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Purpose of study

A high-quality history education will help pupils gain a coherent knowledge and understanding of Britain’s past and that of the wider world. It should inspire pupils’ curiosity to know more about the past. Teaching should equip pupils to ask perceptive questions, think critically, weigh evidence, sift arguments, and develop perspective and judgement. History helps pupils to understand the complexity of people’s lives, the process of change, the diversity of societies and relationships between different groups, as well as their own identity and the challenges of their time.

The History Curriculum at St Edmund Campion


Our history curriculum seeks to give pupils a solid foundation and broad overview in some of the most important periods, events and themes in British and world history.

It is comprehensive but necessarily selective. The curriculum gives pupils a strong grounding in British history, taught chronologically from the first settlements through Roman Britain, the Vikings, AngloSaxons, the medieval period and up to the Industrial Revolution and touching on Britain during the two World Wars.

While studying these periods the units explore themes of change and continuity, perspective and power.


The five units exploring world history to provide global coverage and introduce a number of themes.

The unit on Ancient Greece introduces key ideas around power and its legitimacy, the Shang Dynasty gives insight into the progress and achievements in China at a time when there was much less occurring in Europe. The unit on the Middle East gives pupils an overview of the history of this vitally important region and the reasons for the intractable problems faced today.

The unit on the Benin Kingdom challenges the narrative often prevalent in the teaching of African history – celebrating a highly successful civilisation while introducing the slave trade.

Finally, the unit on Civil Rights considers the Civil Rights movement and Dr King, right the way up to the Black Lives Matter Movement.

By bringing pupils up to the present day – in the case of Civil Rights and the Middle East – the curriculum demonstrates the importance of past events in shaping the world of today.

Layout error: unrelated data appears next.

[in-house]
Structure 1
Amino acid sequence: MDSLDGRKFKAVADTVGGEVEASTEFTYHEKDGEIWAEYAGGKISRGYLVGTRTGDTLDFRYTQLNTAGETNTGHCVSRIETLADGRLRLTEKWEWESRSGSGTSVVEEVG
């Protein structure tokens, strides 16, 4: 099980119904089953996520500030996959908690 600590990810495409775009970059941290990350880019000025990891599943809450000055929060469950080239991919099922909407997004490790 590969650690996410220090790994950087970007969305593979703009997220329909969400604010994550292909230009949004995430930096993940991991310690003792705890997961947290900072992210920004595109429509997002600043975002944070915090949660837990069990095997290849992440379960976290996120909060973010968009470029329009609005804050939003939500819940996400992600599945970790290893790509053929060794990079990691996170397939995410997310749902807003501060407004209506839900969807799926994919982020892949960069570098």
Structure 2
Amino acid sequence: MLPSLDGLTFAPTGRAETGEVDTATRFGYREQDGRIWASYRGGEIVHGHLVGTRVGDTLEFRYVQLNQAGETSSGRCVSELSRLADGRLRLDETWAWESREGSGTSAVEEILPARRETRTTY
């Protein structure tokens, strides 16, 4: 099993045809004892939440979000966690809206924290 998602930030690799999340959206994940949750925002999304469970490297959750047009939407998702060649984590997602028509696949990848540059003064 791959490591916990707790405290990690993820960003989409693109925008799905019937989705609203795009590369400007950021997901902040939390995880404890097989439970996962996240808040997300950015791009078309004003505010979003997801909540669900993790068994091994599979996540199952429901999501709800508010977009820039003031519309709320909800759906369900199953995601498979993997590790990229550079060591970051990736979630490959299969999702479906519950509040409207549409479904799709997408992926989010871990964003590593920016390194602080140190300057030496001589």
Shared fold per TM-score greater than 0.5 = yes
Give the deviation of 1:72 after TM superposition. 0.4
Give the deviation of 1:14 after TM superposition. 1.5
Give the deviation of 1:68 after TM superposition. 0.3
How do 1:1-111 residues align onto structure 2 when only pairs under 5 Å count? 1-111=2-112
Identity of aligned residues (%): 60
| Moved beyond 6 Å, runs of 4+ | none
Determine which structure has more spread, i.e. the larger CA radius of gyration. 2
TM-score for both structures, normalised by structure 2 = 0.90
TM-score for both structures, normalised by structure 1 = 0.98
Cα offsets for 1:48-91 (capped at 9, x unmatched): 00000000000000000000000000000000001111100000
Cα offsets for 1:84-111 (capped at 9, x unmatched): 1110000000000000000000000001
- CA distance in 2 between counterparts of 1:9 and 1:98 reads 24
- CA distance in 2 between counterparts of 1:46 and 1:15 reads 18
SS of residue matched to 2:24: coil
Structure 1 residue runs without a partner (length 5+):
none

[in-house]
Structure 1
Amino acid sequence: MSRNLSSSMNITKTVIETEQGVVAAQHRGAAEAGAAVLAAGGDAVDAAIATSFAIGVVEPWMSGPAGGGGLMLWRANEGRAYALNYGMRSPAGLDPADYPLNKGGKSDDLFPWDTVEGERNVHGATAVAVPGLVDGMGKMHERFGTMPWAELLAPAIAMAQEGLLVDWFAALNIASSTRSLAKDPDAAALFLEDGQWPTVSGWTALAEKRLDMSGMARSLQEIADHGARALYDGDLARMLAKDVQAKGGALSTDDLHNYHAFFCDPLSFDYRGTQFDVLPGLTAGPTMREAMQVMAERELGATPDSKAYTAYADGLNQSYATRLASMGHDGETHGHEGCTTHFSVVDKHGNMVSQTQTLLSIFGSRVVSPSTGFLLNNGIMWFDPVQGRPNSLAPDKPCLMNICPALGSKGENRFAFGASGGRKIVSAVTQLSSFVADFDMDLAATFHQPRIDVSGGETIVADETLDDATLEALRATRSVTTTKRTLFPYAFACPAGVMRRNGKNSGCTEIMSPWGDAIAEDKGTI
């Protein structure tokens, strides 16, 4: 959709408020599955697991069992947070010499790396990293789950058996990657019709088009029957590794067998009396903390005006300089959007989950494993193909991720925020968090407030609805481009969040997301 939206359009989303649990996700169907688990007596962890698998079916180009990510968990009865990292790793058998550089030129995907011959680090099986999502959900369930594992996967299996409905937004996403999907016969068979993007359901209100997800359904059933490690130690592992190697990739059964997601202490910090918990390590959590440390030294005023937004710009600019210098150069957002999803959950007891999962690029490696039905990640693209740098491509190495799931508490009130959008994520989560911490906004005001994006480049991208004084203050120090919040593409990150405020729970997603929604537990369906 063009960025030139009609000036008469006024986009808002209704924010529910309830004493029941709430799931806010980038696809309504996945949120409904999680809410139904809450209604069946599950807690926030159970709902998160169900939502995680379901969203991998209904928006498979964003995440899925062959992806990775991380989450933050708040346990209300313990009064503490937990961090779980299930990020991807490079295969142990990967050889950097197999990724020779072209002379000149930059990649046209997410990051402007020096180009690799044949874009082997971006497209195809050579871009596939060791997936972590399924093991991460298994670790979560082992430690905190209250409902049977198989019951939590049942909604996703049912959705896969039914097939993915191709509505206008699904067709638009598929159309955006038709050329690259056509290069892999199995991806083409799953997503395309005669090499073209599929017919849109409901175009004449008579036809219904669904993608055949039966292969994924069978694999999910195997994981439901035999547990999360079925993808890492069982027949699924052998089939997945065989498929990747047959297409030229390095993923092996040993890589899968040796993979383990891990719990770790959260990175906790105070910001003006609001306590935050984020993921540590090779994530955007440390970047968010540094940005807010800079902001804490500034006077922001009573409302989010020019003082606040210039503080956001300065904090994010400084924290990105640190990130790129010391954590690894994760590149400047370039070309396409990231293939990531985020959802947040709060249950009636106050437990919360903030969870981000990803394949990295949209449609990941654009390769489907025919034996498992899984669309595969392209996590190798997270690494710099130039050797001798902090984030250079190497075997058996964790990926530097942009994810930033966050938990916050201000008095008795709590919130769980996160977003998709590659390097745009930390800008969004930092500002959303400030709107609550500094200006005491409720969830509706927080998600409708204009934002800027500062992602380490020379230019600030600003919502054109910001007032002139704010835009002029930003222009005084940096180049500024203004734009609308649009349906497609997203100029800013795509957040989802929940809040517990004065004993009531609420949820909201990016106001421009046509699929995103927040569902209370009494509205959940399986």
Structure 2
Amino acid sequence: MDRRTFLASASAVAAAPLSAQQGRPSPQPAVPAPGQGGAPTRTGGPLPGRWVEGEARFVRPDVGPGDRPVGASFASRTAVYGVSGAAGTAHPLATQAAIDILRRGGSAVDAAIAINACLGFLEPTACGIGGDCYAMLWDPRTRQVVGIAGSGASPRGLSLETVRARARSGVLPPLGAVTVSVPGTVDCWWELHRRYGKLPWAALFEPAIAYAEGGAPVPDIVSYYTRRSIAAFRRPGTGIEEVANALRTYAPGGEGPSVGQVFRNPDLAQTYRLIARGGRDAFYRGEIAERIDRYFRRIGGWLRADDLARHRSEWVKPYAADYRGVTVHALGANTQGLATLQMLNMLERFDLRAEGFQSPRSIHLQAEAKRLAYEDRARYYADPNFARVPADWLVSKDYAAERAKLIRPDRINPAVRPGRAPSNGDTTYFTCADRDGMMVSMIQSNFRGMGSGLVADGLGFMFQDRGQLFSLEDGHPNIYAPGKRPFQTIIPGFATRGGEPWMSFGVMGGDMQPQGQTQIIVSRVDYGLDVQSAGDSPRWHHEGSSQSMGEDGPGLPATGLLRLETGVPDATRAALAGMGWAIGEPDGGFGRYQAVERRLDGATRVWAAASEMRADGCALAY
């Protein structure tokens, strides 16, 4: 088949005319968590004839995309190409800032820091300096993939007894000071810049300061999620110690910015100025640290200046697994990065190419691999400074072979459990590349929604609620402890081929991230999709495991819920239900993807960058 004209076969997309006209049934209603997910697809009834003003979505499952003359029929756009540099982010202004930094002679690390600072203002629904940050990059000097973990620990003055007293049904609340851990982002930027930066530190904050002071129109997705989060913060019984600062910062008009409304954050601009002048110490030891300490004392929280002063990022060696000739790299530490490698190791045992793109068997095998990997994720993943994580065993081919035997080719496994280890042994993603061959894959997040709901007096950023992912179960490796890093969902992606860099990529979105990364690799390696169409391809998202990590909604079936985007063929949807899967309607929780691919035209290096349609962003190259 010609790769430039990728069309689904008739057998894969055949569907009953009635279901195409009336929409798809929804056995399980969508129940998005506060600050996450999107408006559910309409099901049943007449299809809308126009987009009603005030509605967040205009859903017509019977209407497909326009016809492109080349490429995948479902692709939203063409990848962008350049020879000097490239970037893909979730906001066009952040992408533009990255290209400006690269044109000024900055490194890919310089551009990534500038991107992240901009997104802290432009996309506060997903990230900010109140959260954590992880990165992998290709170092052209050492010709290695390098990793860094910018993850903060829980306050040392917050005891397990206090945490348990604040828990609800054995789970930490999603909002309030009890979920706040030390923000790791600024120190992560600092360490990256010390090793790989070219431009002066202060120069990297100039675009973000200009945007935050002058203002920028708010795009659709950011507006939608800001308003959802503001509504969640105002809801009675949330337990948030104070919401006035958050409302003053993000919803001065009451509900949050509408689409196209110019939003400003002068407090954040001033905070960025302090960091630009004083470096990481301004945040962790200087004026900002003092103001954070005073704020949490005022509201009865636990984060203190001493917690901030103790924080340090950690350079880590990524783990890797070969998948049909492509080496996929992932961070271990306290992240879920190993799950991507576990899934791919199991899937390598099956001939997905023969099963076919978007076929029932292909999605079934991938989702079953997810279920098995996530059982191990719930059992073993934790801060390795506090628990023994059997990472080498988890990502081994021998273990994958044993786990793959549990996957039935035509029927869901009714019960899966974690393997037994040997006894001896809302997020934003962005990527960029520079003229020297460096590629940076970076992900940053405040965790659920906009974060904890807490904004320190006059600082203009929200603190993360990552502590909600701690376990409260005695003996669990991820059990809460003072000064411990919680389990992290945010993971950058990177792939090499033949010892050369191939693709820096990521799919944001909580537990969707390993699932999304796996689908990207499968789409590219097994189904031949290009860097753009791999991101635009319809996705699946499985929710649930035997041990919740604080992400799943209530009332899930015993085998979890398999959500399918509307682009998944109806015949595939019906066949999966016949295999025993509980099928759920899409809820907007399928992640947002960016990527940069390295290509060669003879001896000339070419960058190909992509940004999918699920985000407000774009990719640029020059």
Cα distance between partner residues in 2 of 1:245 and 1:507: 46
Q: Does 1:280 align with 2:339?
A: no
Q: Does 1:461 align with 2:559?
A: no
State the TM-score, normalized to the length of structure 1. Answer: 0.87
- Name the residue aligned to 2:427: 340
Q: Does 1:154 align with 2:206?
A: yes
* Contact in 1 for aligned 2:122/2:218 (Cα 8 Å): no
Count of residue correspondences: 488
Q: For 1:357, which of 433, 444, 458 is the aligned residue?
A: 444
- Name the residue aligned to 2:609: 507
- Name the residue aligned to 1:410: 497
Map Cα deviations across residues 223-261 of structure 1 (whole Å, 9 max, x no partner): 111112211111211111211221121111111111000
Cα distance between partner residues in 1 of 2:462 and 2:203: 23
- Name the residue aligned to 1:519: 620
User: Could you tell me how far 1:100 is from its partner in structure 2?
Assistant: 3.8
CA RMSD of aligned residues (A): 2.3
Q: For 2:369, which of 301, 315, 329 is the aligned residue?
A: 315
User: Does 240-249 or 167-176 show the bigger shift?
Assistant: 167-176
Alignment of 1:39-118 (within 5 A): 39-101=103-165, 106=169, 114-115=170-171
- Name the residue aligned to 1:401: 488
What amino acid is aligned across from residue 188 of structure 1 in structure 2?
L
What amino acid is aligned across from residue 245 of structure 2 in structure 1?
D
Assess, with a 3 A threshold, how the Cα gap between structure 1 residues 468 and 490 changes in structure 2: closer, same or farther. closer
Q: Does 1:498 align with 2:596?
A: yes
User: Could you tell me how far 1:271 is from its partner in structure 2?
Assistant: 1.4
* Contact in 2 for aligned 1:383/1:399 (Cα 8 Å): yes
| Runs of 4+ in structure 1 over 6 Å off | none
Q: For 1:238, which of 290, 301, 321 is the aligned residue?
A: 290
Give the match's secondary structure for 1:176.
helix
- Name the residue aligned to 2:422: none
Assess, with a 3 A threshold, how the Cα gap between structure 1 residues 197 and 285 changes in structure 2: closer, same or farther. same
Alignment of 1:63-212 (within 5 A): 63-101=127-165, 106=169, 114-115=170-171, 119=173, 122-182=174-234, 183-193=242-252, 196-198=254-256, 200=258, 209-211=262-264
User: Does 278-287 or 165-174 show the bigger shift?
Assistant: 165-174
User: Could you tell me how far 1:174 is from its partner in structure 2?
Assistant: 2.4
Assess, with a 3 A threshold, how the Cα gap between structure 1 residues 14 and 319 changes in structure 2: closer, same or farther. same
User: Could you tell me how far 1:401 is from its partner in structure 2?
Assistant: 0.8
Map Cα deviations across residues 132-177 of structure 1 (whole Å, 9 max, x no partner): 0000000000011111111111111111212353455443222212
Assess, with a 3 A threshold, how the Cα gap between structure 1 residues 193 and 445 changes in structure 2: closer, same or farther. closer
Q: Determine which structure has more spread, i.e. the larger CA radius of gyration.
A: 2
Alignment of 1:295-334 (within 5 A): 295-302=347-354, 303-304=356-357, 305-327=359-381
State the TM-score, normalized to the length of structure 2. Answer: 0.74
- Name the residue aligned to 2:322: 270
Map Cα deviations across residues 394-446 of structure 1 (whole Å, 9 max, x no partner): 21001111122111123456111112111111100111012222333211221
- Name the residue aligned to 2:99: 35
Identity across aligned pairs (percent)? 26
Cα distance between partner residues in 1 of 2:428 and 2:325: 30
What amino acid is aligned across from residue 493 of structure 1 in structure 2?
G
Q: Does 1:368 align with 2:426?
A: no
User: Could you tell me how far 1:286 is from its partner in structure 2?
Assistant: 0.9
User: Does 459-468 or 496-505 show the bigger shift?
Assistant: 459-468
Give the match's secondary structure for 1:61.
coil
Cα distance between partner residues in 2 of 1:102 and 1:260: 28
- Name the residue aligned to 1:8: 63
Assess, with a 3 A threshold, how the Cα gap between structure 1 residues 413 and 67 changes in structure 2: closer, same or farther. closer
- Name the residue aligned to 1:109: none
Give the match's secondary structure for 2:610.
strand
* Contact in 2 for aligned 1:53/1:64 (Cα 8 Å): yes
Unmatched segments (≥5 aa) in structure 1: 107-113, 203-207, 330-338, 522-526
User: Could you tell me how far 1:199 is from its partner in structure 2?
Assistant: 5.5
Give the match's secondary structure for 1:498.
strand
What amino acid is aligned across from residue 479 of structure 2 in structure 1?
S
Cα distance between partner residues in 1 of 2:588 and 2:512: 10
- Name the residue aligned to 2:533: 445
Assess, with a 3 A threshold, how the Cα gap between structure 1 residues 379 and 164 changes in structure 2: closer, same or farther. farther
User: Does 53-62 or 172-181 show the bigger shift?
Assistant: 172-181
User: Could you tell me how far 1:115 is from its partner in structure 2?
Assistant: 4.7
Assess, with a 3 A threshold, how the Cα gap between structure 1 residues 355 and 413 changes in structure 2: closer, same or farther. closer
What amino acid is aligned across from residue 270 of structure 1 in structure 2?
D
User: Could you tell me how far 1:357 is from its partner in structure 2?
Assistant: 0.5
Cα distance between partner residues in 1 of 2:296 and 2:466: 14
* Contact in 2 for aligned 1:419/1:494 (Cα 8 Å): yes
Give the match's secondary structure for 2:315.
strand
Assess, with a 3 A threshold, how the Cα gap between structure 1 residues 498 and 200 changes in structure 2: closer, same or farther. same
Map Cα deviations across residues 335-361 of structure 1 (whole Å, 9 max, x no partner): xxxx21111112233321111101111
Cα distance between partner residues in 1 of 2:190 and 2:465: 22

Throughout the curriculum connections and comparison are made between events and individuals: the unit on the industrial revolution exploring the Great Reform Act by taking pupils from the Magna Carta (which they studied previously) through the changing seat of power in England over the subsequent six hundred years.


Throughout the curriculum, pupils are taught the substantive content which defines each period. This knowledge is meticulously planned and regularly revisited and elaborated upon.


More abstract concepts, too, are carefully developed across the key stage, so that pupils gain an increasingly sophisticated understanding of, for example, kingship or empire. However, it is not only substantive knowledge that is taught. The disciplinary skills of history, such as source analysis, interpretation, perspective, continuity and change are all explicitly taught and practised.

The curriculum is deliberately ambitious. It challenges pupils to make connections across time and place and sets up pupils for, we hope, a life-long love and understanding of an important subject, while providing a foundation of understanding that will make them curious, active citizens of this country and the world.

Concepts and Disciplinary Knowledge

The knowledge organiser is the beating heart of each unit. The core content is meticulously curated and itemised to clarify the necessary (but not sufficient) knowledge necessary to develop a sophisticated understanding of each history unit.


Over the course of the years, these knowledge organisers will ensure that our children become ‘culturally literate’ and have the opportunity to engage in ‘powerful knowledge'